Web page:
My personal musings about anything that gets on my radar screen--heavily dominated by politics.


Most Important Things 

M.I.T. #1: The End of the Internal Combustion Engine

In 1940, President Roosevelt ordered 50,000 fighter planes to prepare for World War II; everybody said it was impossible; instead, America cranked out an armada of more than 100,000 planes--enough to blot out the sun.

In 1961, President Kennedy laid out the goal of putting a man on the moon within a decade; at the time, WE KNEW NOTHING! Nonetheless, on July 20, 1969 Neil Armstrong took "one small step . . ."

There is every reason--EVERY REASON--to believe that if the politicians showed the will, and got out of the way of the really smart people who know what they're doing, that America could end it's reliance on oil altogether within a decade.

Do we know anything that would make me think this is a realistic goal? NO. Though there are some fairly exciting things going on in people's back yards, if they end up being not just hoaxes.

Has anybody even run a test on a product or process that could accomplish this goal? Not that I know of, though the Volt seems to be promising.

What would it take? First of all, it would require a federal effort . . . ha ha ha. I couldn't even get the line out with a straight face.

If the federal government really wants to contribute to this, it would make available lots and lots of grant money that people--ordinary people--could apply for. The combined ingenuity of the American inventor would do wonders.

Have you ever been to a drag race? A formal one, like at Bandimere Race Track in Morrison, CO? What you see there on a typical Saturday in the summer are dozens and scores of ordinary people who devote a lot of their time and treasure to building the perfect car--all the combinations of motor size, air flow, tires, gas mixture . . . all in pursuit of the perfect run. And these are no dumb hicks doing this--the complex mathematics involved, combined with the clever application and bending of a few immutable rules are really the work of intense engineering. I know this, because my father-in-law has been racing cars his whole life, and his explanation of the improvements he's made to his engines over the years require a slide-rule, a glossary and a lot of time to decipher the diagrams.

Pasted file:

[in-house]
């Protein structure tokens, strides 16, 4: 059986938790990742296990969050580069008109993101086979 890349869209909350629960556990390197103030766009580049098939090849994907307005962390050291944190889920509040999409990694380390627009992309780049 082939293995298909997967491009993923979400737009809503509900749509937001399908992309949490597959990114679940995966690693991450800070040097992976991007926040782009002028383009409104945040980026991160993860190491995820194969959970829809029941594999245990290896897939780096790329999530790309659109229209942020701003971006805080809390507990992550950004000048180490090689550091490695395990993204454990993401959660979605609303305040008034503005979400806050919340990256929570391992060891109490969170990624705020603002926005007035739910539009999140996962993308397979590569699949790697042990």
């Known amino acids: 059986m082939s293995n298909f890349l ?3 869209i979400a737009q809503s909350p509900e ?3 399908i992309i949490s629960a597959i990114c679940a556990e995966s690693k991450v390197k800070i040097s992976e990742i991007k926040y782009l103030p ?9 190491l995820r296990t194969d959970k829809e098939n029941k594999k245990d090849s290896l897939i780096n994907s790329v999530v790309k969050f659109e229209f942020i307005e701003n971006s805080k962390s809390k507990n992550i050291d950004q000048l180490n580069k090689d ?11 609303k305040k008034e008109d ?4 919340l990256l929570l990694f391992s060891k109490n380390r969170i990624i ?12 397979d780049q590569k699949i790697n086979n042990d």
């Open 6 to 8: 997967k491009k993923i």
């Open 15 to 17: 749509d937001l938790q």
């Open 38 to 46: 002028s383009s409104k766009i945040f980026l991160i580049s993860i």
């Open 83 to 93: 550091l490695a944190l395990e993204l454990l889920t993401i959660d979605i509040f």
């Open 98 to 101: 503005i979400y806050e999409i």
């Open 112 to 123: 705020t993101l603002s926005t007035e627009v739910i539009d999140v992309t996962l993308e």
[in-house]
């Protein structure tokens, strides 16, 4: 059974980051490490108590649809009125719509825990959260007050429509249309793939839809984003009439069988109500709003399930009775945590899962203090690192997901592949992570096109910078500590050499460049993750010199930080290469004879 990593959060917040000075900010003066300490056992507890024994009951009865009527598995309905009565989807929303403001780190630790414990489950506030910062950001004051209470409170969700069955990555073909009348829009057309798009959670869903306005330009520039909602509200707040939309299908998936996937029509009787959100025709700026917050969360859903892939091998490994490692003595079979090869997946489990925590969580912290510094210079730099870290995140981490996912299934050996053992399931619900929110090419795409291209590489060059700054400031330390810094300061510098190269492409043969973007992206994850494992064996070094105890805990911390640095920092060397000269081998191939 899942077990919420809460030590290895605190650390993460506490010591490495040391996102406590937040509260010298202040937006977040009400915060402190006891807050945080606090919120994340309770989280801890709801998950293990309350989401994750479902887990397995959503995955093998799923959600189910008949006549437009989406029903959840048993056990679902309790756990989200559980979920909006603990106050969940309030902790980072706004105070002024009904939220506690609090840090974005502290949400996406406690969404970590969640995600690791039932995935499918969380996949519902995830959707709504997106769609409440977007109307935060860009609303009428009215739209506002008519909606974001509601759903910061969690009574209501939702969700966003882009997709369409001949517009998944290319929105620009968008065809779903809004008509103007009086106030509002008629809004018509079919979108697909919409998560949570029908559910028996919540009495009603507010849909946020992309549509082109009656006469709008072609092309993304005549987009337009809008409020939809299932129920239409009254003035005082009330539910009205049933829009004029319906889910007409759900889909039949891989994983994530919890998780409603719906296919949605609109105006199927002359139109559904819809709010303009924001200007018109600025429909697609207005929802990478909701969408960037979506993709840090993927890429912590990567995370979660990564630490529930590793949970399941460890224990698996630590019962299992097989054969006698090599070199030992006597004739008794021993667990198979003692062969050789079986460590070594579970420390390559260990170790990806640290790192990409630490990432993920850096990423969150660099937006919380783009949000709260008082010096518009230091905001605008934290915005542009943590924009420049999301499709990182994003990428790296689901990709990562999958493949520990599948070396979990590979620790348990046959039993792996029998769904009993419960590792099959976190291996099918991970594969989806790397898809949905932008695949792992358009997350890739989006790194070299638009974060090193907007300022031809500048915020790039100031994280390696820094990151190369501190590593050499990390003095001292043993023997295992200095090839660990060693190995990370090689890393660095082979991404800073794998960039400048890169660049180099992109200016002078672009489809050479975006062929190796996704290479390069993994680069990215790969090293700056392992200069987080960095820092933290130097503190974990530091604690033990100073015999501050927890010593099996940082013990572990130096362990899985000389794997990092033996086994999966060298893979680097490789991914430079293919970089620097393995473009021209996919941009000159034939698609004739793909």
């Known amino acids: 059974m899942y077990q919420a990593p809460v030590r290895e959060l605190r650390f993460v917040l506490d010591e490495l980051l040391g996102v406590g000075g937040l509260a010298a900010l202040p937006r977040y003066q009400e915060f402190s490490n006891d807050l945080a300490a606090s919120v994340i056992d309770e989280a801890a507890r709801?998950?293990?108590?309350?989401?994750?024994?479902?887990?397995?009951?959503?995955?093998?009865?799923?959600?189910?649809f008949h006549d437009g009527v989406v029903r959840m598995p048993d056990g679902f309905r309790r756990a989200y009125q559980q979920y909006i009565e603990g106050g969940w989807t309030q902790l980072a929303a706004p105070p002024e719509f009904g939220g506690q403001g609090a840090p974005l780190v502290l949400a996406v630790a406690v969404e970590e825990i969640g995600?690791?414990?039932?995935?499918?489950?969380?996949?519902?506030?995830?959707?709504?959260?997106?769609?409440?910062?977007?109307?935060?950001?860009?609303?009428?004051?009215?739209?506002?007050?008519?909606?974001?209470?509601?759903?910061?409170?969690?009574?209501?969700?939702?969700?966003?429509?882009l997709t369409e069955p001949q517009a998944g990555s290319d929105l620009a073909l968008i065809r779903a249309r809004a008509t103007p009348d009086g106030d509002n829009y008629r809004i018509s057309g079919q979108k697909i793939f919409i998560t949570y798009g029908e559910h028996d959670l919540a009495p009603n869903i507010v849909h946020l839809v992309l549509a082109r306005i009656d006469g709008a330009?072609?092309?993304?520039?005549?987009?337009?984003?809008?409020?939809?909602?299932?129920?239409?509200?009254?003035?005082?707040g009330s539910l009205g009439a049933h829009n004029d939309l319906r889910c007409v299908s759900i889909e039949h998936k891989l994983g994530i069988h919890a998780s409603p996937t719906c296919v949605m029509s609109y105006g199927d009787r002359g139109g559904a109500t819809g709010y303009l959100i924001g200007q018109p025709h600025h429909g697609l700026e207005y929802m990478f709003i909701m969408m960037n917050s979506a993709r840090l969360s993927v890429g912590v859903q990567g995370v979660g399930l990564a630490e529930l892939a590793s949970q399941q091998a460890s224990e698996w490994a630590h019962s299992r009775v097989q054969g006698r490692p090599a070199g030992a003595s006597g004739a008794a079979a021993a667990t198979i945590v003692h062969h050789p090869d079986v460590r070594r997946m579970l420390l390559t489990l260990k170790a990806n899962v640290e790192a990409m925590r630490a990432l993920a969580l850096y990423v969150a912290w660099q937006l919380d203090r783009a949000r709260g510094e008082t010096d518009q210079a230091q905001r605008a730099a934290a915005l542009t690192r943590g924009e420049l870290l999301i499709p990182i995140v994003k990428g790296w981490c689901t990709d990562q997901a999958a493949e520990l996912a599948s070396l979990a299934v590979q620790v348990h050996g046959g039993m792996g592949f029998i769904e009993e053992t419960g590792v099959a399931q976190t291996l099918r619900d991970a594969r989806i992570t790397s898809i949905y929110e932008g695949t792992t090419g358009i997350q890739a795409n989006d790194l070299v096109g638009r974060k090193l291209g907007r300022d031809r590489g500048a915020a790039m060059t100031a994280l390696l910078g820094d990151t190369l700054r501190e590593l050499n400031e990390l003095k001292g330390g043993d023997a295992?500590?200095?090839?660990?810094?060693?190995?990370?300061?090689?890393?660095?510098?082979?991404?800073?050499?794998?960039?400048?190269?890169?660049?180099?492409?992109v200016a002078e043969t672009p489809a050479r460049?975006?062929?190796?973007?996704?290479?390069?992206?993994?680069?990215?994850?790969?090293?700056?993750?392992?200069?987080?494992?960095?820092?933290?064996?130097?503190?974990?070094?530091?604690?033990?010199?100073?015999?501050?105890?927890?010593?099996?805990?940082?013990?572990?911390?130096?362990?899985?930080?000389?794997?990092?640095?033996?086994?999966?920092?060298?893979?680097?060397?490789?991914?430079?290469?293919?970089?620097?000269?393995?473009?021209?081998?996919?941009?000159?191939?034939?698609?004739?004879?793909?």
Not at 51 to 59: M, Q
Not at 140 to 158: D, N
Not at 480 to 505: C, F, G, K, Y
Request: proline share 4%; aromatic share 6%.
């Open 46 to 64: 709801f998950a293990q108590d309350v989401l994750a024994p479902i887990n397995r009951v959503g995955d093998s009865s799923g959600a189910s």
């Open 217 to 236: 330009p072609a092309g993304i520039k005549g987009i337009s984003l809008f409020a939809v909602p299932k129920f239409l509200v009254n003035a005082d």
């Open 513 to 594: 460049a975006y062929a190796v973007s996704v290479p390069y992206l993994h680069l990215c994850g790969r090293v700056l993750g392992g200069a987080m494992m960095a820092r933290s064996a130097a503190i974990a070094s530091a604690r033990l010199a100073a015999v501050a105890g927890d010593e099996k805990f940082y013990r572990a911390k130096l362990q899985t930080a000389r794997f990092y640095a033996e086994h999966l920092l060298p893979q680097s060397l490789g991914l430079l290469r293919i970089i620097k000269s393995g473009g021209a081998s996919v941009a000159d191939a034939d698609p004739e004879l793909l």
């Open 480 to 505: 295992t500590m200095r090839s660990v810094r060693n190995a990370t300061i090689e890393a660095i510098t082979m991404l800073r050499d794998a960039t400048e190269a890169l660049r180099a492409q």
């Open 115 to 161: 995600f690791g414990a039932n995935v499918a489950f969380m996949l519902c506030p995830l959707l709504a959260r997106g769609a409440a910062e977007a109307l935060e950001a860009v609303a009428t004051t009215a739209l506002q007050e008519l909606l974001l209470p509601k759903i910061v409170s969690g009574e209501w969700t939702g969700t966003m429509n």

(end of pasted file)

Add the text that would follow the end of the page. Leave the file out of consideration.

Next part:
Does anybody out there think that a few of these guys--and girls--couldn't come up with something better than the union shops if somebody gave them enough money to pursue it full-time for a couple years, with the resources to build what they come up with?

Detroit won't do it--the end of the internal combustion engine would put too many unions out of business.

The feds won't do it--the EPA would never let them do the testing and experimenting required.

This is the kind of job that the American people are perfectly suited to do. Two years to work on their own and make things the best they can, then come together in some sort of clearinghouse where all the best brains can look at what's been done, and start to put the pieces of the puzzle together.

Is there anything more important to national security at this time than bankrupting the extremist Wahabist oil barons? Is there anything more important to world stability than rendering the oil nations of the middle east, along with Venezuela and Russia, irrelevant to the functioning of the advanced economies in the next 50 years?

The invention of the steam engine led directly to the industrial revolution in the 18th century; the internal combustion engine made the globe one community in the 20th century; the 21st century needs its own revolution.

And it should be led by Americans.

And if a conservative doesn't lead the way, proposing a consevative, individual-centered approach to solving this problem, then it's a sure thing that Obama and the Dems will lead the way to a government "solution" which will, almost assuredly, give the world the finest carbon-offset program money can buy . . .

but no engine.

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